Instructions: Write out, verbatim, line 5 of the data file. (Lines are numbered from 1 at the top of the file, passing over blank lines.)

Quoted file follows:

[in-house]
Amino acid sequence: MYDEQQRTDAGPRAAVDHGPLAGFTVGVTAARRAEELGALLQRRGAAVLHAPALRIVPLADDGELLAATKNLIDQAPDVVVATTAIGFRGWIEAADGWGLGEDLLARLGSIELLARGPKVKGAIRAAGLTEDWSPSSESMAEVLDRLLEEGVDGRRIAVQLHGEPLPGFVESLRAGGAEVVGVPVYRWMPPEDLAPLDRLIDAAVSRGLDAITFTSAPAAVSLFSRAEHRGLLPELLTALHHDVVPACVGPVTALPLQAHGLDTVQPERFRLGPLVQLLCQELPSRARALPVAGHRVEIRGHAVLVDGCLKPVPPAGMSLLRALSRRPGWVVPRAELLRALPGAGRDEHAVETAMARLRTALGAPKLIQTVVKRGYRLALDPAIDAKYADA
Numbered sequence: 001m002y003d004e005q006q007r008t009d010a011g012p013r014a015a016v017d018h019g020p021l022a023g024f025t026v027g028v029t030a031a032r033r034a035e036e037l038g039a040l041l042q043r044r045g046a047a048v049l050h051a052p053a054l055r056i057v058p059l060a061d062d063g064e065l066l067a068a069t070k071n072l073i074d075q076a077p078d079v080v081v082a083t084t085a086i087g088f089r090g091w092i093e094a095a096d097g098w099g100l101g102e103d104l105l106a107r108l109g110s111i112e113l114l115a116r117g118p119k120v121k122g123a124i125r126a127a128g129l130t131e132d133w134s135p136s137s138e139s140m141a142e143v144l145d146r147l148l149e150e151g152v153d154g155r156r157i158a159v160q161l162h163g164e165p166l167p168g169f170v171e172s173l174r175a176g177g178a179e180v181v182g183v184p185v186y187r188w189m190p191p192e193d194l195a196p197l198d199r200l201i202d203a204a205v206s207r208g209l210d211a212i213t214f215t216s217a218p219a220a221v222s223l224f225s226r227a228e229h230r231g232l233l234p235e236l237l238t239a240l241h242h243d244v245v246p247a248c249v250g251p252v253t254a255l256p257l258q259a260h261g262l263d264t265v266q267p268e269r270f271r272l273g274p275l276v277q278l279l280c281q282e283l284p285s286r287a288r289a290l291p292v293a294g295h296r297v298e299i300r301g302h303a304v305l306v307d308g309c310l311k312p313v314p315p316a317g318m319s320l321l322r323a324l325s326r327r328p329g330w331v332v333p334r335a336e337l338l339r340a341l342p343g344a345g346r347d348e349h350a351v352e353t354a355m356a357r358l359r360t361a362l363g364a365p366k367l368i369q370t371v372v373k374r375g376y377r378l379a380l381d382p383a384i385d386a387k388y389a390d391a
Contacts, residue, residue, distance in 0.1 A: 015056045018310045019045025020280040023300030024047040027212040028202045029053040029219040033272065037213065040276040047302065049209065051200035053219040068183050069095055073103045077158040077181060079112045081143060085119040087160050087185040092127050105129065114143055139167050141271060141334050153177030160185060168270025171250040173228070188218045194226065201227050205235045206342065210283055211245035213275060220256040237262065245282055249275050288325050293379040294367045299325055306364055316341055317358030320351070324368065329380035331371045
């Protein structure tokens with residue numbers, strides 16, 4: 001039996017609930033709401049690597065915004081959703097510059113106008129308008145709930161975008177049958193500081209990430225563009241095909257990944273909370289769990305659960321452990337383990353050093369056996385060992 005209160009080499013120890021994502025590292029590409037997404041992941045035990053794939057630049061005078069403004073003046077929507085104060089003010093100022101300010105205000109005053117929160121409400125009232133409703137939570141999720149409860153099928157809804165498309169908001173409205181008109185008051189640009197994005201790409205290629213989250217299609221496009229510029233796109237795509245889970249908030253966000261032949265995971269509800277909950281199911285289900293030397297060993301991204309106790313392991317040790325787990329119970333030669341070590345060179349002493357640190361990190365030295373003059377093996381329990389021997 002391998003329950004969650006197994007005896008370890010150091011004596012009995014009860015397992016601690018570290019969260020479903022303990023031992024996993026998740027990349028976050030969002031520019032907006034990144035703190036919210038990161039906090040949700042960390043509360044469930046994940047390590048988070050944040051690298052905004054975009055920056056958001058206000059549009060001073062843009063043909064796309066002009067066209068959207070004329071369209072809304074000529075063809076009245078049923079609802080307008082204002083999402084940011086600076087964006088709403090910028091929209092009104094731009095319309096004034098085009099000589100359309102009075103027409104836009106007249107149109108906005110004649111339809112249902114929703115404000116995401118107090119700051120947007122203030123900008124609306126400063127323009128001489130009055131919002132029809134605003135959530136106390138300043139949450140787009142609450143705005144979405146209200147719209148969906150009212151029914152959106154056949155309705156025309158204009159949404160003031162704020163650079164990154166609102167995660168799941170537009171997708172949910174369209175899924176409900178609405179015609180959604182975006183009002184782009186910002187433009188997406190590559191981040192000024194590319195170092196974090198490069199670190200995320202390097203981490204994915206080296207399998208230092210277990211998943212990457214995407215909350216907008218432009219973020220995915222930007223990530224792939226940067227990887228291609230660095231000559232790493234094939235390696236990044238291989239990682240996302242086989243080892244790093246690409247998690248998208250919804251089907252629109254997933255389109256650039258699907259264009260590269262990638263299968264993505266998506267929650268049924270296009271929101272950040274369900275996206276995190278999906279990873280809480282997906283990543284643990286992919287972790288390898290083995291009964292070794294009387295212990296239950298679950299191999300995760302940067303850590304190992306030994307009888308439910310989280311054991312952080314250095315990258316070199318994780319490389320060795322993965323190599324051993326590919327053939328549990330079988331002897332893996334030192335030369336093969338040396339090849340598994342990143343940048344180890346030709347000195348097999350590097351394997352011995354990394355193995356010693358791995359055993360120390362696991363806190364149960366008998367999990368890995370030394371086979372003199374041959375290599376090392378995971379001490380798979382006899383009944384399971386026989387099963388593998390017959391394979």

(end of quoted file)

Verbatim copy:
């Protein structure tokens with residue numbers, strides 16, 4: 001039996017609930033709401049690597065915004081959703097510059113106008129308008145709930161975008177049958193500081209990430225563009241095909257990944273909370289769990305659960321452990337383990353050093369056996385060992 005209160009080499013120890021994502025590292029590409037997404041992941045035990053794939057630049061005078069403004073003046077929507085104060089003010093100022101300010105205000109005053117929160121409400125009232133409703137939570141999720149409860153099928157809804165498309169908001173409205181008109185008051189640009197994005201790409205290629213989250217299609221496009229510029233796109237795509245889970249908030253966000261032949265995971269509800277909950281199911285289900293030397297060993301991204309106790313392991317040790325787990329119970333030669341070590345060179349002493357640190361990190365030295373003059377093996381329990389021997 002391998003329950004969650006197994007005896008370890010150091011004596012009995014009860015397992016601690018570290019969260020479903022303990023031992024996993026998740027990349028976050030969002031520019032907006034990144035703190036919210038990161039906090040949700042960390043509360044469930046994940047390590048988070050944040051690298052905004054975009055920056056958001058206000059549009060001073062843009063043909064796309066002009067066209068959207070004329071369209072809304074000529075063809076009245078049923079609802080307008082204002083999402084940011086600076087964006088709403090910028091929209092009104094731009095319309096004034098085009099000589100359309102009075103027409104836009106007249107149109108906005110004649111339809112249902114929703115404000116995401118107090119700051120947007122203030123900008124609306126400063127323009128001489130009055131919002132029809134605003135959530136106390138300043139949450140787009142609450143705005144979405146209200147719209148969906150009212151029914152959106154056949155309705156025309158204009159949404160003031162704020163650079164990154166609102167995660168799941170537009171997708172949910174369209175899924176409900178609405179015609180959604182975006183009002184782009186910002187433009188997406190590559191981040192000024194590319195170092196974090198490069199670190200995320202390097203981490204994915206080296207399998208230092210277990211998943212990457214995407215909350216907008218432009219973020220995915222930007223990530224792939226940067227990887228291609230660095231000559232790493234094939235390696236990044238291989239990682240996302242086989243080892244790093246690409247998690248998208250919804251089907252629109254997933255389109256650039258699907259264009260590269262990638263299968264993505266998506267929650268049924270296009271929101272950040274369900275996206276995190278999906279990873280809480282997906283990543284643990286992919287972790288390898290083995291009964292070794294009387295212990296239950298679950299191999300995760302940067303850590304190992306030994307009888308439910310989280311054991312952080314250095315990258316070199318994780319490389320060795322993965323190599324051993326590919327053939328549990330079988331002897332893996334030192335030369336093969338040396339090849340598994342990143343940048344180890346030709347000195348097999350590097351394997352011995354990394355193995356010693358791995359055993360120390362696991363806190364149960366008998367999990368890995370030394371086979372003199374041959375290599376090392378995971379001490380798979382006899383009944384399971386026989387099963388593998390017959391394979």